Alan Davies plays the barrister - effective in court, less so out of it.
8 episodes, each 70 minutes. Interesting cases make this worth a watch. They include alleged rape, death after a wild party, a possible killer nurse, rail safety (a careless train driver or negligent management?). Especially moving is the plight of Asperger's Syndrome Dan, accused of killing his mother. (Tom Burke as Dan is excellent.)
Anxious that this be not just another court drama, the makers try too hard to create a central character out of the ordinary. The first glimpse of Henry shows him using his mobile as he cycles erratically through London traffic. Much time is spent trying to stave off bankruptcy because of a gambling addiction. His marriage has collapsed, the little son greatly missed. (The lad has asthma, sleepwalks and, on a visit, tries to steal make-up from a chemist.) Henry's current girlfriend is married - her husband not just an MP but Catholic and gay and dying from cancer. Forever hovering is Henry's estranged father - he a judge and heavy drinker, (Edward Petherbridge entertainingly wispy and waspish). A bit of a clutter really.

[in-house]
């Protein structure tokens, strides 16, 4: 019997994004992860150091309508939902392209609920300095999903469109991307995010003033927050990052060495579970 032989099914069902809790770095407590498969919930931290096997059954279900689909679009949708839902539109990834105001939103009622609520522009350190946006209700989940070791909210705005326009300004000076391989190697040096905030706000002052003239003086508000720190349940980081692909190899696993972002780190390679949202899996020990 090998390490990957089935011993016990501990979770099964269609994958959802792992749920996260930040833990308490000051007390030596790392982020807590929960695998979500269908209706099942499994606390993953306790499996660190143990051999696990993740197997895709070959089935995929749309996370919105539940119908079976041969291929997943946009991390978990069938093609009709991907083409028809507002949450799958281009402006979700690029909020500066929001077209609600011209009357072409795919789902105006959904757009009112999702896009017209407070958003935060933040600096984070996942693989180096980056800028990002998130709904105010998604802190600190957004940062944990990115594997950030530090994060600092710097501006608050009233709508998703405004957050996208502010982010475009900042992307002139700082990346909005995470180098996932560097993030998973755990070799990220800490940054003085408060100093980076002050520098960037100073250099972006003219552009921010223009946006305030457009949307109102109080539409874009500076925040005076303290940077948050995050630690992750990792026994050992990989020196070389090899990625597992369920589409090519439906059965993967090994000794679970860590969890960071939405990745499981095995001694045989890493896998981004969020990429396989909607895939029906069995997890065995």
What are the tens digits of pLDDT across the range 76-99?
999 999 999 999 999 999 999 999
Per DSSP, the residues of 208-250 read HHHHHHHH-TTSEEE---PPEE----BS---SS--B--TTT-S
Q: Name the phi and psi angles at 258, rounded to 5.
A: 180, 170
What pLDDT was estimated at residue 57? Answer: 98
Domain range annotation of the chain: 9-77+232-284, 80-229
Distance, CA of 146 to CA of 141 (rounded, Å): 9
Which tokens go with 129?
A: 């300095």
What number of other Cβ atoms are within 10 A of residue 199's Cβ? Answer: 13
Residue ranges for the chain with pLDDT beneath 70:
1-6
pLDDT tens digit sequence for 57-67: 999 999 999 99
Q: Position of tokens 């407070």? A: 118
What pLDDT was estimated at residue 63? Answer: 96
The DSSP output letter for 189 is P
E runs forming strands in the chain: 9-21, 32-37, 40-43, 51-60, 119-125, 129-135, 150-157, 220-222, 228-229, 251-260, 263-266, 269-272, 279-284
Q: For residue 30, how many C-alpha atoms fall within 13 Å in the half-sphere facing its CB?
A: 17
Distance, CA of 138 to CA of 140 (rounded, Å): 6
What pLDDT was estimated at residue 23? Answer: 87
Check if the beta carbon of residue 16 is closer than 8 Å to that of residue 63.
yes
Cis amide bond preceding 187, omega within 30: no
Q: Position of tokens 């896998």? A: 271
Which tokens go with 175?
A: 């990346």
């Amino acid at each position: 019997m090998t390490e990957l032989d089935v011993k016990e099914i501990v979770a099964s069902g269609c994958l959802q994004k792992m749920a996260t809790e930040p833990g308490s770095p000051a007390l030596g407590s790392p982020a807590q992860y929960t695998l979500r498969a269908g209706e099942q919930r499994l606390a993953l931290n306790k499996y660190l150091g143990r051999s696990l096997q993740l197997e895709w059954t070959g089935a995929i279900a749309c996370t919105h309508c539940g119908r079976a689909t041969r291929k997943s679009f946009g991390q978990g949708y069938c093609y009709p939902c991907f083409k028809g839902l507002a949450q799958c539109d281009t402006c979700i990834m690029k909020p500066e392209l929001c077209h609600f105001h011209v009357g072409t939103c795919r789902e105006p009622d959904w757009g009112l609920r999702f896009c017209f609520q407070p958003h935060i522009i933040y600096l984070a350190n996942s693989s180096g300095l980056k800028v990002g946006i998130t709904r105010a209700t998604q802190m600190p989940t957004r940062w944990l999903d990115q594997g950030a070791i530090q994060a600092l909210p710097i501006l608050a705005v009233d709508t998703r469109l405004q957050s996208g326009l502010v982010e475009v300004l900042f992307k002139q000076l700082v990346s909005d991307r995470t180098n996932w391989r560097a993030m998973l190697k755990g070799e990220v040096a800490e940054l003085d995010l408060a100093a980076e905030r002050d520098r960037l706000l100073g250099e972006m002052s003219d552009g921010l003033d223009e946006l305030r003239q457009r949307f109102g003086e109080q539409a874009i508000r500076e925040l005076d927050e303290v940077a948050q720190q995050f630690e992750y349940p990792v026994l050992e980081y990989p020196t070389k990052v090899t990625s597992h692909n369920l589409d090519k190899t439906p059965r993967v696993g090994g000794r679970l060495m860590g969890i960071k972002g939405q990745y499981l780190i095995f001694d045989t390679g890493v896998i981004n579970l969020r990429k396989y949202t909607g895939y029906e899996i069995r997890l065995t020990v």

Season 2 mercifully simplifies things a bit. Despite reservations, there is much overall to like: Alan Davies, Linda Bassett as the Chambers' secretary, several of the guest stars, the scenes in court. The series has potential but needs greater focus for it to be realized. Recommended nonetheless.